Camerin Kimble: Wow, okay. How exactly do you think water has damaged the relationship that it has with people of New Orleans?

Yeishka Montalvo: Yeah, so as I had mentioned before, water is one of the biggest challenges and threats to human life in the southeast and especially along the Gulf from tropical storms to rain events, aging infrastructure like I had mentioned, it's, it's, it's damaged, it's damaged our communities, especially the most vulnerable ones and in that regard. And so that's why it's so crucial that organizations like the water collaborative and other networks that we work with work collaboratively to develop, you know, innovative solutions to these issues. And you know there's, there's so much water around us, so we have to learn how to how to have a relationship with it in a way that is regenerative in a way that is sustainable for both us and the water, you know, and there's so entire industries that depend on it, fisherfolk tribal nations, you know, different laborers and farmers, the seafood industry. Everything about our city is tied to water, and so we need to learn how to live with it. Yeah.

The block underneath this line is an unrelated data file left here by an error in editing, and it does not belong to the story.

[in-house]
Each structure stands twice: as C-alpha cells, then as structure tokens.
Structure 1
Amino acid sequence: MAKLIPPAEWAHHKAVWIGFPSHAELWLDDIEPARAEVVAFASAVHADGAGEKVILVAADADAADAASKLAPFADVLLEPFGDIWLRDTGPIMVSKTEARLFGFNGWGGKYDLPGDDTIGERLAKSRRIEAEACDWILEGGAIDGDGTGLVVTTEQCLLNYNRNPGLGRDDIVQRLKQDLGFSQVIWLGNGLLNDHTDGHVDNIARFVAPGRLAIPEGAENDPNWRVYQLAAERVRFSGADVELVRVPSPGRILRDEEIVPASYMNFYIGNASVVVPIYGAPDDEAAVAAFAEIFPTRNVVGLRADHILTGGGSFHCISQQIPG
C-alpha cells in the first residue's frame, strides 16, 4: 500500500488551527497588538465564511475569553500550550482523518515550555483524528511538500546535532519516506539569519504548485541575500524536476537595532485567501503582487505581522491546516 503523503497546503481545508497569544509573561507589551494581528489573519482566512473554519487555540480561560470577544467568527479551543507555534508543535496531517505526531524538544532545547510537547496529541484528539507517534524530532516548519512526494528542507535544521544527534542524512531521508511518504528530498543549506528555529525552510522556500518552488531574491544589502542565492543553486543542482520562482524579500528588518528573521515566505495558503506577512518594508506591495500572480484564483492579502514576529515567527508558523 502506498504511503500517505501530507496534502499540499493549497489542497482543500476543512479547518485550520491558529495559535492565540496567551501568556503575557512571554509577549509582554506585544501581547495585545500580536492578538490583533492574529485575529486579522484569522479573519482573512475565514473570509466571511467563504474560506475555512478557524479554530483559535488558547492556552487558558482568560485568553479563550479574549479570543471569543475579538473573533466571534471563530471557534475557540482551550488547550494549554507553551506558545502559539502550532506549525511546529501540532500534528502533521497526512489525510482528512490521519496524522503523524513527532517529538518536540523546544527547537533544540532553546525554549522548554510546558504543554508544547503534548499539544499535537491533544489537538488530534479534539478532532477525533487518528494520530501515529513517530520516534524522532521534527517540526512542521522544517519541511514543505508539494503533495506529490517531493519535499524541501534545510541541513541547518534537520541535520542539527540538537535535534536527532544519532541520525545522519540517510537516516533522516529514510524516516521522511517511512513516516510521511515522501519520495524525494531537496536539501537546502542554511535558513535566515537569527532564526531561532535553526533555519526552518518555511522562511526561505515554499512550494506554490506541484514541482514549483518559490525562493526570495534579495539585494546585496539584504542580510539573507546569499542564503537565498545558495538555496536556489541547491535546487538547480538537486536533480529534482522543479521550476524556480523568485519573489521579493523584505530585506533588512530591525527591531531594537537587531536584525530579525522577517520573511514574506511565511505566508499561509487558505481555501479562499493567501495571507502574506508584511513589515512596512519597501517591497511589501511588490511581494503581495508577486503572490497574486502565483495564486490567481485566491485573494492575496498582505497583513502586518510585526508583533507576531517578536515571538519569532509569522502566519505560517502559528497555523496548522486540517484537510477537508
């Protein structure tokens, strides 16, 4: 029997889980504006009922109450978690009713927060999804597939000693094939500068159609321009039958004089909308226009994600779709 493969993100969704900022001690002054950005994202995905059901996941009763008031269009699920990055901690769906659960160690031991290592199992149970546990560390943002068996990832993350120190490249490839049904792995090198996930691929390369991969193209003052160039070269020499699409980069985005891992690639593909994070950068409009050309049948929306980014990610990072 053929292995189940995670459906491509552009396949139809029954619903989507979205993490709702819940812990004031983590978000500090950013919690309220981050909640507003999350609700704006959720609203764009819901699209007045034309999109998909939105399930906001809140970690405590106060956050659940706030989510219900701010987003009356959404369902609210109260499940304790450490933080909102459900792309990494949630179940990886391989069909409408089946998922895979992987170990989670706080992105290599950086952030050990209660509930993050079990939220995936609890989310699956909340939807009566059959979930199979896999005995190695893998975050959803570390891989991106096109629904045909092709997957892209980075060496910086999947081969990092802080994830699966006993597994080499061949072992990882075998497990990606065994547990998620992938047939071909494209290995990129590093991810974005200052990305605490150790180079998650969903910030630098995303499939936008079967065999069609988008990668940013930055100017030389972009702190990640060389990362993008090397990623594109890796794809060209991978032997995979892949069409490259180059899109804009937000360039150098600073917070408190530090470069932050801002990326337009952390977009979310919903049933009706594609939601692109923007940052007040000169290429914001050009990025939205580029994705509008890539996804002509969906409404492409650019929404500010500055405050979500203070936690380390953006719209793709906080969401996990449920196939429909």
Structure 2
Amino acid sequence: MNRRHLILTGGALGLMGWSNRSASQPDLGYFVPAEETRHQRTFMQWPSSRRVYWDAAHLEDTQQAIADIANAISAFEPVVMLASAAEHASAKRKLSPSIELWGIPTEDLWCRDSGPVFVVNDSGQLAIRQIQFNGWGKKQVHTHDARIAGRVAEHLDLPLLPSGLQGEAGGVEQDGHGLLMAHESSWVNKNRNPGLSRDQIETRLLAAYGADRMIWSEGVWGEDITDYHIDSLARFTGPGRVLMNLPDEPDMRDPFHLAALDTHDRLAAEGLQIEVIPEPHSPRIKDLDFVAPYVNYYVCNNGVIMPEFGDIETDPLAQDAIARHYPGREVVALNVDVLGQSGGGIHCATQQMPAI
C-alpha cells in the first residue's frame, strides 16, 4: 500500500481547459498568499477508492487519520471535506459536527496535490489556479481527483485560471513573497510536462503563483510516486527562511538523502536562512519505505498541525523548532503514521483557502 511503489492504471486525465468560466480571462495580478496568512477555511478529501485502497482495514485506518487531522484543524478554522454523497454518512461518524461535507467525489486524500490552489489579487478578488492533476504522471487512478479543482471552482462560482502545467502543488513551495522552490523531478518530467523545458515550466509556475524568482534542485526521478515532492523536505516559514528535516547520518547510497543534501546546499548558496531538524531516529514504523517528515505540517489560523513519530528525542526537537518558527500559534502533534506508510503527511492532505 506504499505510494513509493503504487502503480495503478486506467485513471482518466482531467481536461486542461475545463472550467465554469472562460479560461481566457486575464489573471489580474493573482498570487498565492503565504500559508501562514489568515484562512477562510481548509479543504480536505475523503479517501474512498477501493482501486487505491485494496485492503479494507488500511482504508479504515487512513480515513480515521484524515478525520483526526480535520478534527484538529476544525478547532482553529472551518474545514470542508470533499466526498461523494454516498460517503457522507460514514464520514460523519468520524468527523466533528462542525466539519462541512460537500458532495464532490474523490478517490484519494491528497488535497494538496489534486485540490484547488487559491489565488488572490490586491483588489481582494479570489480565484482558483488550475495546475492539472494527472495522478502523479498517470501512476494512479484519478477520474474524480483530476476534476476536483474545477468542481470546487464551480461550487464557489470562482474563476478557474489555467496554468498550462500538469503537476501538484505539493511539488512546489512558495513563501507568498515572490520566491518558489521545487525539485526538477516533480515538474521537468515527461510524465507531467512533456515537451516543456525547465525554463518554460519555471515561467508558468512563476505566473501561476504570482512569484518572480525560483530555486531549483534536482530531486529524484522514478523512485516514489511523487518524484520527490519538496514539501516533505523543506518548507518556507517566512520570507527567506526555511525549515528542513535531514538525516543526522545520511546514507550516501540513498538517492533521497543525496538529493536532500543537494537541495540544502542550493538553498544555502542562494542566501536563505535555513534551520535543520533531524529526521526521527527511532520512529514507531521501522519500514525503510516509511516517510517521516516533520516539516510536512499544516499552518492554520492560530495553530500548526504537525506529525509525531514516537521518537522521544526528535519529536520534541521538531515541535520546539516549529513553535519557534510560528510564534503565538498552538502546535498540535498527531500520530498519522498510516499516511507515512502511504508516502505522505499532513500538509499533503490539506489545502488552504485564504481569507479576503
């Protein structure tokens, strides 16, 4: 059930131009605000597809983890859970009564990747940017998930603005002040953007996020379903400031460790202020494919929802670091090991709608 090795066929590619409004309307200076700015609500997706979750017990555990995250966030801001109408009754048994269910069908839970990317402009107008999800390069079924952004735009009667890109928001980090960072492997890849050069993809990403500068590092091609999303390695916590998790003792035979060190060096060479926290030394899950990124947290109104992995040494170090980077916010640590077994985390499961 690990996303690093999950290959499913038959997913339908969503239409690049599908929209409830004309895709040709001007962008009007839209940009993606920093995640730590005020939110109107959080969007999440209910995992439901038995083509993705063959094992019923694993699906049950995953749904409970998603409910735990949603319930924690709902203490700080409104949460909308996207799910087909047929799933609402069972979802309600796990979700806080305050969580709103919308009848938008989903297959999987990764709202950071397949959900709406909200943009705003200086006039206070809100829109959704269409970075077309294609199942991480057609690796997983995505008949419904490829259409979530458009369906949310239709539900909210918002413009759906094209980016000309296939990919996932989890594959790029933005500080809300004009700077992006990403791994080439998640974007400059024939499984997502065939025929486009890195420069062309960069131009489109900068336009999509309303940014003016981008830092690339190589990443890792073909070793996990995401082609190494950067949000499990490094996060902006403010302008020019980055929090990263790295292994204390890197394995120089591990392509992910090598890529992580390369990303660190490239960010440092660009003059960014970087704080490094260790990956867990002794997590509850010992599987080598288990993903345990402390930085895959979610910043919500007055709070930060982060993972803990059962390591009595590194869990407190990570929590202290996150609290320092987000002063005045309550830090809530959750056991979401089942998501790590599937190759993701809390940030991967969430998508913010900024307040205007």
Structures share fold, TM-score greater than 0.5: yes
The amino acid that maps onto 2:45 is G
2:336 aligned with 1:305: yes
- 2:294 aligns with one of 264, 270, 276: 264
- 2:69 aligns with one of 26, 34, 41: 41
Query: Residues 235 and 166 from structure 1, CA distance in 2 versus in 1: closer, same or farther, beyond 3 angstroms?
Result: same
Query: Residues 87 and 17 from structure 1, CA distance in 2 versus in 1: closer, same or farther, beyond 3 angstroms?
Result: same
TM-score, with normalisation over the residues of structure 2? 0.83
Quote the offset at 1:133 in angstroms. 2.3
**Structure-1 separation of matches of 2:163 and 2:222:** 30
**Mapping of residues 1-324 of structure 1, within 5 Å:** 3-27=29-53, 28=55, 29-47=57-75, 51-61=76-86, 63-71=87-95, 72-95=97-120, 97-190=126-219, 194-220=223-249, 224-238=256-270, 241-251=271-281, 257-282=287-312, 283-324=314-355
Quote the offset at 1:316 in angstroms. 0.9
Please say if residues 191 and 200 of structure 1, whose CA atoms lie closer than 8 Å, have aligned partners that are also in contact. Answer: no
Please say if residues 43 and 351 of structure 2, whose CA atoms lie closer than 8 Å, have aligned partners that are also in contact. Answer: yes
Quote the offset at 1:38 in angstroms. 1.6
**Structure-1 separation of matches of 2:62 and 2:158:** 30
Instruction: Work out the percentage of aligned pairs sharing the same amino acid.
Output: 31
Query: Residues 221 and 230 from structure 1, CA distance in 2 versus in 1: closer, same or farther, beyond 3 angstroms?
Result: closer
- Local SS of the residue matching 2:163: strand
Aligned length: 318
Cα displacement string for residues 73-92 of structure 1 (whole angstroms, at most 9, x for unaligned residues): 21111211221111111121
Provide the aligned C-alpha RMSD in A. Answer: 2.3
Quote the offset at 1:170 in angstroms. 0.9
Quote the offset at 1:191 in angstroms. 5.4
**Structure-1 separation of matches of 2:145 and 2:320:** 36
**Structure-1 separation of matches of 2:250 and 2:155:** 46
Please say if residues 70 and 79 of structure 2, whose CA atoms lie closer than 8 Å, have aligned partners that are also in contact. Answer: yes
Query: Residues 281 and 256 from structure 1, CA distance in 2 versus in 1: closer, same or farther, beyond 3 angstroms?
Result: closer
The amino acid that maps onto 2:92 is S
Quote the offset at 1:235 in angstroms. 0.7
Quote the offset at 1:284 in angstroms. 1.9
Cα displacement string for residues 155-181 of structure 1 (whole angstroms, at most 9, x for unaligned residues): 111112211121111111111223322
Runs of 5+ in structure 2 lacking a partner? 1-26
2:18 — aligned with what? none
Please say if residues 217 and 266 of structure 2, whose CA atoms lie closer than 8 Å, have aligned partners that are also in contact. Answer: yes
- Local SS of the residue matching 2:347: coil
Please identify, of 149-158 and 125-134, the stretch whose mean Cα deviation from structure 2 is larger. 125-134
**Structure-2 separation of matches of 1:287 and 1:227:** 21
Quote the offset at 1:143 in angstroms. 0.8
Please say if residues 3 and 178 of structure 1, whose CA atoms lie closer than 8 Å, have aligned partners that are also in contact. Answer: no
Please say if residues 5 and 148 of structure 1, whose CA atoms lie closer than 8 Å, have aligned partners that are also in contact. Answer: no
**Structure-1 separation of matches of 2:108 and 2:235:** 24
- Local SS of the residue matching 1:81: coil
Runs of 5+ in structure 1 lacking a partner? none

Camerin Kimble: If you don't mind, could you kind of like, go into detail about how the relationship begins to reform, with the people?